Friday, August 21, 2009

Two-wheeled Risk (You Want Fries With That?)

[Welcome Industry Radar readers!]
While not strictly an insurance issue, this story does pose some interesting risk-management questions:
[ed: we'll table the discussion about the seeming contradiction between eschewing a car for a bike but ordering a cheeseburger instead of a salad]
The gist of the story is that this particular chain, known for its "green policies," banned bike riders from using the drive-through, citing safety concerns. Other national chains also do this, but Burgerville has decided, as a result of Ms Gilbert's experience and response, to delete (or at least modify) that policy. One supposes that's good news, at least for the bicyclists.
But is it sound risk management?
Here's why I ask: if you're on a bike going through the drive-through, aren't you at greater risk of being run-over than if you simply parked the bike out front and walked on in? I don't know the answer to that, and I spent quite some time Googling around trying to find stats to prove the case either way.
No luck; perhaps one of our resourceful readers has access to this info and would be willing to share it?
Of course, this same principle would apply to drive-up ATM's [ed: and BTW, what is it with braille markings on drive-up ATM's? Isn't that oxymoronic?], and I didn't see any stats on that either.
While I understand how riders must feel when they find themselves barred from the drive-up, how big is that lawsuit going to be the first time one gets creamed by a Caddy? Which also begs the question: is this policy driven by insurance company rules as much as common sense?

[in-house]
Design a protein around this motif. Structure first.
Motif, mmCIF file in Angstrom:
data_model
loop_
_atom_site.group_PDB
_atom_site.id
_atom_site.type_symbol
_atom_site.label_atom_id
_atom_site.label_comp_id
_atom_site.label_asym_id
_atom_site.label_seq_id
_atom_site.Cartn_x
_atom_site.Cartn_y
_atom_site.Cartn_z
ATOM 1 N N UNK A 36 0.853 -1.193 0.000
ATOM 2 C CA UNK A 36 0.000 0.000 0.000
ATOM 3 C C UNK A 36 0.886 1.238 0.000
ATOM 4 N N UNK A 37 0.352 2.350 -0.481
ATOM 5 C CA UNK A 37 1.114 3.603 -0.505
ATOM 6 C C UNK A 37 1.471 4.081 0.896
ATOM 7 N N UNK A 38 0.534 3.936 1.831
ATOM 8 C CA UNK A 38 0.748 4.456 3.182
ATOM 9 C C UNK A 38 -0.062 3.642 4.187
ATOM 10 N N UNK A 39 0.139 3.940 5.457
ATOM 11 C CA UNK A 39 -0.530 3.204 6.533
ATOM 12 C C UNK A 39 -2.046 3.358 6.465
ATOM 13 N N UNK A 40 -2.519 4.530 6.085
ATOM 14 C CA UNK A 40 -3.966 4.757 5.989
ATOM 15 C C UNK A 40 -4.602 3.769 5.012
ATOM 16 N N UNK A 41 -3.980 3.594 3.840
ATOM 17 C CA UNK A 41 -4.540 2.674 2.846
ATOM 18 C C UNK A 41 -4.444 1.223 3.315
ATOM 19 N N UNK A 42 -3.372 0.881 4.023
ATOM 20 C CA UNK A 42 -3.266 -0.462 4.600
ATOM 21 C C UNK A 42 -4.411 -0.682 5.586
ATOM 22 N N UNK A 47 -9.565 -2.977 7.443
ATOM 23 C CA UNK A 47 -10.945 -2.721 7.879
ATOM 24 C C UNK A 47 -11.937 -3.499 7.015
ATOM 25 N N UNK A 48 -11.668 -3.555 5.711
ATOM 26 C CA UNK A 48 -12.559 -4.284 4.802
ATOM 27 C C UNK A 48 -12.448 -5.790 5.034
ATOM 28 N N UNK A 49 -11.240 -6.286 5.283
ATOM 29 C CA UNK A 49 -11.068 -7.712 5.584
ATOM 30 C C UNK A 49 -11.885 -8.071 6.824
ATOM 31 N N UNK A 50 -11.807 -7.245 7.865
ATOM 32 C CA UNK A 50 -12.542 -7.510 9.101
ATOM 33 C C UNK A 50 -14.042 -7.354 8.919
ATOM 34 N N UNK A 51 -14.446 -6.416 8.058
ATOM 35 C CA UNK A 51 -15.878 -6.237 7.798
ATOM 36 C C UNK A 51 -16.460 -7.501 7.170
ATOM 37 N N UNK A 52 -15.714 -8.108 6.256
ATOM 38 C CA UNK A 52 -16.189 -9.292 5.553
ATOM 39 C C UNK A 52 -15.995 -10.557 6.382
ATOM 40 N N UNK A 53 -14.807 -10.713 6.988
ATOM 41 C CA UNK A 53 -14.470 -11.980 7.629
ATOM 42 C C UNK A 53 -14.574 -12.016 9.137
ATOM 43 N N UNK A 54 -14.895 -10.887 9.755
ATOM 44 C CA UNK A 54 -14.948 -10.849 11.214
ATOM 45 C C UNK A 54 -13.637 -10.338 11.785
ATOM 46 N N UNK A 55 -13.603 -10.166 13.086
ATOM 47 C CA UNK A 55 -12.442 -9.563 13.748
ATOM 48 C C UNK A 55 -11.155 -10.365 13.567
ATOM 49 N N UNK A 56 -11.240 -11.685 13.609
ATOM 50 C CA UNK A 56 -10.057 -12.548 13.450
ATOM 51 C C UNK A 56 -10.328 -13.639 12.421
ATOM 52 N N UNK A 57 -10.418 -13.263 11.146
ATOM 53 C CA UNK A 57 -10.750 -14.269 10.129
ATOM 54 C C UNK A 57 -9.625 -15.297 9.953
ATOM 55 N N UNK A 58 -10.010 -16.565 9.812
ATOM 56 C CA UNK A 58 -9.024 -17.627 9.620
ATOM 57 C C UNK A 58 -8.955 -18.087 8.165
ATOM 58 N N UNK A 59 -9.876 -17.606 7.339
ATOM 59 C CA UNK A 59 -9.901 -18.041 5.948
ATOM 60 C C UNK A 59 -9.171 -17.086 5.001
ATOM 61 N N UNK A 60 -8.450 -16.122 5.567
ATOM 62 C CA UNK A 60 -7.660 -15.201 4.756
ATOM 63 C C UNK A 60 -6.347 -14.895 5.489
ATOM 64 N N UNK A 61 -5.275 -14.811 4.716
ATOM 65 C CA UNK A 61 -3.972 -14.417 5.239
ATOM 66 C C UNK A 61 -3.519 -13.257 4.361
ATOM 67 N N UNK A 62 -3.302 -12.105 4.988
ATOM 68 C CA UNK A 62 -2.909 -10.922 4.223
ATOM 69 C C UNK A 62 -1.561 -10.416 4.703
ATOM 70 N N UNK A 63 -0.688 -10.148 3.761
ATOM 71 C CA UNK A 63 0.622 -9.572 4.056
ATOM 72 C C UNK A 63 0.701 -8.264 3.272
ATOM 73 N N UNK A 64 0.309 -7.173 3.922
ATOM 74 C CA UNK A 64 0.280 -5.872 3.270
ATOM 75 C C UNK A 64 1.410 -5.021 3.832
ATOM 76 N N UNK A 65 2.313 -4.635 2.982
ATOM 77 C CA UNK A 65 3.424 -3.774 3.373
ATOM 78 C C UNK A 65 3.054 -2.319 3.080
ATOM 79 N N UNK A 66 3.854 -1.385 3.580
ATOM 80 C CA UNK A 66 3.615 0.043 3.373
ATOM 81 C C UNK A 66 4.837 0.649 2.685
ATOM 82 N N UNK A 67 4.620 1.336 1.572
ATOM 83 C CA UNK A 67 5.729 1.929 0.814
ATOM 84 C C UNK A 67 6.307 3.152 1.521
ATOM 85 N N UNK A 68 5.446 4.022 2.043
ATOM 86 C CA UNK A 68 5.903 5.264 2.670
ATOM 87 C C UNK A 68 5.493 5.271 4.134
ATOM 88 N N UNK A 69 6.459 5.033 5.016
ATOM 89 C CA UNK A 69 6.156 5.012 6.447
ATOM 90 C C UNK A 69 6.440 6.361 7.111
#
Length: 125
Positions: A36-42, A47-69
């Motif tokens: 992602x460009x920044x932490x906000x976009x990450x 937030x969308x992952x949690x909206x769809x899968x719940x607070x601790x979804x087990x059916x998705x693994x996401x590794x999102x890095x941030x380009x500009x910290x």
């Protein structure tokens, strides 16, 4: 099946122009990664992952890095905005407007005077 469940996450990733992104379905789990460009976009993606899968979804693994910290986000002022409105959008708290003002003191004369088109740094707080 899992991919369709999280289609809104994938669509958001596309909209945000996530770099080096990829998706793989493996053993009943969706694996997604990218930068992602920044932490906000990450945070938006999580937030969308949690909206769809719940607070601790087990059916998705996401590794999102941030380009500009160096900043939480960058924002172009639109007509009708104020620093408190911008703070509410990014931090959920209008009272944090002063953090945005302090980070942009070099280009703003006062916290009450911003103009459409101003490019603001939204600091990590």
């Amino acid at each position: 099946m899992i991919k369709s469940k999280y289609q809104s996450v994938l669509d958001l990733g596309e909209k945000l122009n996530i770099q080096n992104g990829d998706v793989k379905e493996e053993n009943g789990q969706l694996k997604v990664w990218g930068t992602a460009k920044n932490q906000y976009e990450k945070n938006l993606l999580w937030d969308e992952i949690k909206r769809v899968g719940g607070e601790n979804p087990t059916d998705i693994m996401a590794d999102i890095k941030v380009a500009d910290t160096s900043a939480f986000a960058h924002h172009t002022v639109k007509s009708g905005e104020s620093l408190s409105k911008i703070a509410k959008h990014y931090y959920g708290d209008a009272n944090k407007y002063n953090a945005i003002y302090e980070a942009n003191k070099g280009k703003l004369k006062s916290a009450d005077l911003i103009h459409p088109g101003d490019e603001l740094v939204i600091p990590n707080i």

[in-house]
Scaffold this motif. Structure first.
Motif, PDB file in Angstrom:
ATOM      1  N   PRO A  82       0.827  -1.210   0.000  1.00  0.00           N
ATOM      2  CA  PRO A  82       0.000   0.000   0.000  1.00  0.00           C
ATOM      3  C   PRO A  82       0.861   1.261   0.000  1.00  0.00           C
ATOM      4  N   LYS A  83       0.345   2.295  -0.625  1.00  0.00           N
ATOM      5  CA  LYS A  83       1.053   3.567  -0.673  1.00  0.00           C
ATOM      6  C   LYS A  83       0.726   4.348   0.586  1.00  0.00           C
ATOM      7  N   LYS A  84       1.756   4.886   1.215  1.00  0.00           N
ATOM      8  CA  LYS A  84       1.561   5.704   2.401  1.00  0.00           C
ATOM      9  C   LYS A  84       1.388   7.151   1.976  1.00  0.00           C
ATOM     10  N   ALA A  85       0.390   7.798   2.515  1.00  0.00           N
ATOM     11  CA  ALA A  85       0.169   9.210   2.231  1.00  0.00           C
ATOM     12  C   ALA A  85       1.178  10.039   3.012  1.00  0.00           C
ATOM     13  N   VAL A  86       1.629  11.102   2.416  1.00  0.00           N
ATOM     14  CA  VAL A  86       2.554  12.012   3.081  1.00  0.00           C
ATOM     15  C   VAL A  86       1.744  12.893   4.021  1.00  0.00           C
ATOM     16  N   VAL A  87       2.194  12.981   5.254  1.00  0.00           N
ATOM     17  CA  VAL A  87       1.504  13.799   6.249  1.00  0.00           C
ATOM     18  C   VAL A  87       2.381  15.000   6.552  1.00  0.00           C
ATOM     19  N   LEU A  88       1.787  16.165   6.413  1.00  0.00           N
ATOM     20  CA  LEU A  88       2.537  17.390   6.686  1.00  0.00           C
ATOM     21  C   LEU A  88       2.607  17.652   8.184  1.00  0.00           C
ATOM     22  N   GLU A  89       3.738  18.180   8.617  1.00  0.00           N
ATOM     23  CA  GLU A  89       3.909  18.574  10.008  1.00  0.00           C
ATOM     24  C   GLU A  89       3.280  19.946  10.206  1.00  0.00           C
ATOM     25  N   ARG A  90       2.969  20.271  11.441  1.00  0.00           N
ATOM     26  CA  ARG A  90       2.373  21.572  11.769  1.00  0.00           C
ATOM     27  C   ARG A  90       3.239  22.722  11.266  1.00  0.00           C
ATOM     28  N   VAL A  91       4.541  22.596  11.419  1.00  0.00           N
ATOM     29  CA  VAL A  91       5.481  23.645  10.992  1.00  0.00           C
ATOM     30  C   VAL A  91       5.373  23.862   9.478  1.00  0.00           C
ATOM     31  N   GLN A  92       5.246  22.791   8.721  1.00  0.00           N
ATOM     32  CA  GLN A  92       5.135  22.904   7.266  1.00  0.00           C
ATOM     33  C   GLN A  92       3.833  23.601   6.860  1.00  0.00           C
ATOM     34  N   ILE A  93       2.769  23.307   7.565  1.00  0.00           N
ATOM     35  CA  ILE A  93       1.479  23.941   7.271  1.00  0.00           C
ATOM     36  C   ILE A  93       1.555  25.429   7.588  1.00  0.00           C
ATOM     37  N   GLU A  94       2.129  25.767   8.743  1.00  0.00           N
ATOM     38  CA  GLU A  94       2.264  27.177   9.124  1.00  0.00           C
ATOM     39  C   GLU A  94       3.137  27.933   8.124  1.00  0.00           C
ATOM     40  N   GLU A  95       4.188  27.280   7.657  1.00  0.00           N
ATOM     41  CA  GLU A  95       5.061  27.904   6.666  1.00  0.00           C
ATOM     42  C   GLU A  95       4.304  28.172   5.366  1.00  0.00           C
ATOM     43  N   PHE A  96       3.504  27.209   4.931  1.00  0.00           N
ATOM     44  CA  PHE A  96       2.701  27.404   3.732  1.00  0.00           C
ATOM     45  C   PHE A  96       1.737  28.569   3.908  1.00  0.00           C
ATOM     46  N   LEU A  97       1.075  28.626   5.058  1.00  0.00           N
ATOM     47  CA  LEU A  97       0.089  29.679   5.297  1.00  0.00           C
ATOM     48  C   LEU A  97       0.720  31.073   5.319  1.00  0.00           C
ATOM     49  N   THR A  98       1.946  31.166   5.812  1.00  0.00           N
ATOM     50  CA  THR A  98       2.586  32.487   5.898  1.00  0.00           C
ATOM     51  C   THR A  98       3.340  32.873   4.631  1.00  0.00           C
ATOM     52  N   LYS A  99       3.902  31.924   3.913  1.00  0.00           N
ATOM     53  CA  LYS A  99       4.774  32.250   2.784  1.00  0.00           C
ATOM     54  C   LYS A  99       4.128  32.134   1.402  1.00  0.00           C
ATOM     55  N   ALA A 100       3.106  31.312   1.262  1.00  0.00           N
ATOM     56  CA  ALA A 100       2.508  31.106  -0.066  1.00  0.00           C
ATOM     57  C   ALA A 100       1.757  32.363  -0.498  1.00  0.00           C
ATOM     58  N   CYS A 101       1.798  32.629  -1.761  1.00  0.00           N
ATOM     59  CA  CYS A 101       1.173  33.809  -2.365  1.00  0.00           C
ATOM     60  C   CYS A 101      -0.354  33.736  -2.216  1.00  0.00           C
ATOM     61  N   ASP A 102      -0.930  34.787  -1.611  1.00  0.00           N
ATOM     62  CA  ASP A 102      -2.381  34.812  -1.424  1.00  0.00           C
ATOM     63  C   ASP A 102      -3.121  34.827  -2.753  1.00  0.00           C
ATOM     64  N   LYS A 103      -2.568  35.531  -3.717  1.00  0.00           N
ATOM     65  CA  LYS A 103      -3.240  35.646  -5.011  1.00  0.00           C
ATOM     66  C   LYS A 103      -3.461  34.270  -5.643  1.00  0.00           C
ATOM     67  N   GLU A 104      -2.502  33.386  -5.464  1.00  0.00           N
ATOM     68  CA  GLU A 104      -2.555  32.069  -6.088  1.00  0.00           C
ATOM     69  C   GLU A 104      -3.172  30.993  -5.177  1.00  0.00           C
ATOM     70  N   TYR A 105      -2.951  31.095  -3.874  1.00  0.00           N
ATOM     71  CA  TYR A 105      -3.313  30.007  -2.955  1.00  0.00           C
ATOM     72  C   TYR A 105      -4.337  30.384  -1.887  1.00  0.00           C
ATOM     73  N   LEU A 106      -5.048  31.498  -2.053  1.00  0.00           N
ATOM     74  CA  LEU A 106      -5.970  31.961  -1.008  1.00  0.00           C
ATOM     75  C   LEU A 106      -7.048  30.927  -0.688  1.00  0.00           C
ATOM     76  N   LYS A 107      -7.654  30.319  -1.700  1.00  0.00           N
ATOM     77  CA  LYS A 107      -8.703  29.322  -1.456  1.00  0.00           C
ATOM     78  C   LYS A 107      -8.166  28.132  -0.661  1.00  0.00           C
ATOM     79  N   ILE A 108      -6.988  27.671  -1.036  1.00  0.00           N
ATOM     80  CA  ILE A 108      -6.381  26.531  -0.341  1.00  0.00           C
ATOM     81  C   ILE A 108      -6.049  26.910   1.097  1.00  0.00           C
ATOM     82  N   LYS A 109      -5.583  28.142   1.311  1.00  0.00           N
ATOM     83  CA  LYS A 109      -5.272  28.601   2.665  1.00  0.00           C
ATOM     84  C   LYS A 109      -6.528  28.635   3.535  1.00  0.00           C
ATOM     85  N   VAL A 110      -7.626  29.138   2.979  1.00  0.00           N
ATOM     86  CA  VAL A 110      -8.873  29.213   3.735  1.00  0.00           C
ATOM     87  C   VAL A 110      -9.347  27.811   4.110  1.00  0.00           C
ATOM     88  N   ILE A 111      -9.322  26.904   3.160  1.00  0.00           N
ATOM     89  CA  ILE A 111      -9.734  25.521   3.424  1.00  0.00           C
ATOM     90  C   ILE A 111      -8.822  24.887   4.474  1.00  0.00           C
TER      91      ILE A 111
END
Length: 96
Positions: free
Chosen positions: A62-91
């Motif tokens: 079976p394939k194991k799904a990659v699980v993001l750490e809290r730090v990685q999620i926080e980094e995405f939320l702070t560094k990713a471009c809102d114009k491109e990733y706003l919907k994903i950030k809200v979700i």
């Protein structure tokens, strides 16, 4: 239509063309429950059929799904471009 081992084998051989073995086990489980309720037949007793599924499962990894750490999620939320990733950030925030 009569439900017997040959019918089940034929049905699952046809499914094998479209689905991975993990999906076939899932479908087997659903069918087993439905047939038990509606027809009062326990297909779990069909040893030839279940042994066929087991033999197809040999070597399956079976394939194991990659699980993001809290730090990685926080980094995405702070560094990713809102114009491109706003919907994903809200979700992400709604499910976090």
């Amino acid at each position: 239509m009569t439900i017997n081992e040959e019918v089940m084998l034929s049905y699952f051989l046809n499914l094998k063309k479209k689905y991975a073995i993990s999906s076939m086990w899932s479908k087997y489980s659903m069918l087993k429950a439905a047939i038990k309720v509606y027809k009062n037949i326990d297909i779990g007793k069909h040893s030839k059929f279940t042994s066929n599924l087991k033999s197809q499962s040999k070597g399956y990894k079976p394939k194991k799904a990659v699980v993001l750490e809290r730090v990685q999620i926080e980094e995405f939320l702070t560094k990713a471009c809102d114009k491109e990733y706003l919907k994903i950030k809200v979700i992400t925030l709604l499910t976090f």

It's funny how things snowball: when I began to write this post, I had two questions that were still unanswered: one, stats on bikes and drive-throughs and two, whether or not insurance carriers played a role in the "no bike" rule. Since this falls under the general aegis of "P&C," I called on my colleagues in that field. There seems to be a mixed bag of answers: it doesn't appear to be a general industry rule that Wendy's et al post and enforce a "no bikes" rule. There may well be carriers which include that verbiage, but it doesn't seem to be a standard policy clause.
One colleague suggested that it may have to do with the inherent risk of letting people walk up to the window: if they pull a gun and ask for money, they can be gone pretty quickly. If they're in a car, they're likely blocked front and rear (and, of course there's the license plates). There's also a slippery slope here: in my research, I noted that there were at least a few incidents where folks on "Rascals" (motorized wheelchairs) were also turned away, presumably for the same "safety concerns" as the bikers. If Burgerville lets bikers use the drive-through, what can they say to Granny in her Rascal. Or Joe in his "regular" wheelchair?
The other concern regarding safety is this: at drive-through speeds, if my Honda hits your Buick, there are some scrapes and dents, but no one's getting care-flighted. But if my Ford hits you on your Schwinn, there could be some major injuries.
The bottom line, such as one exists here, is that this really isn't as cut-and-dried as it might at first appear. Risk management means taking into account all the variables (or at least as many as possible), and sometimes we don't like the answers.
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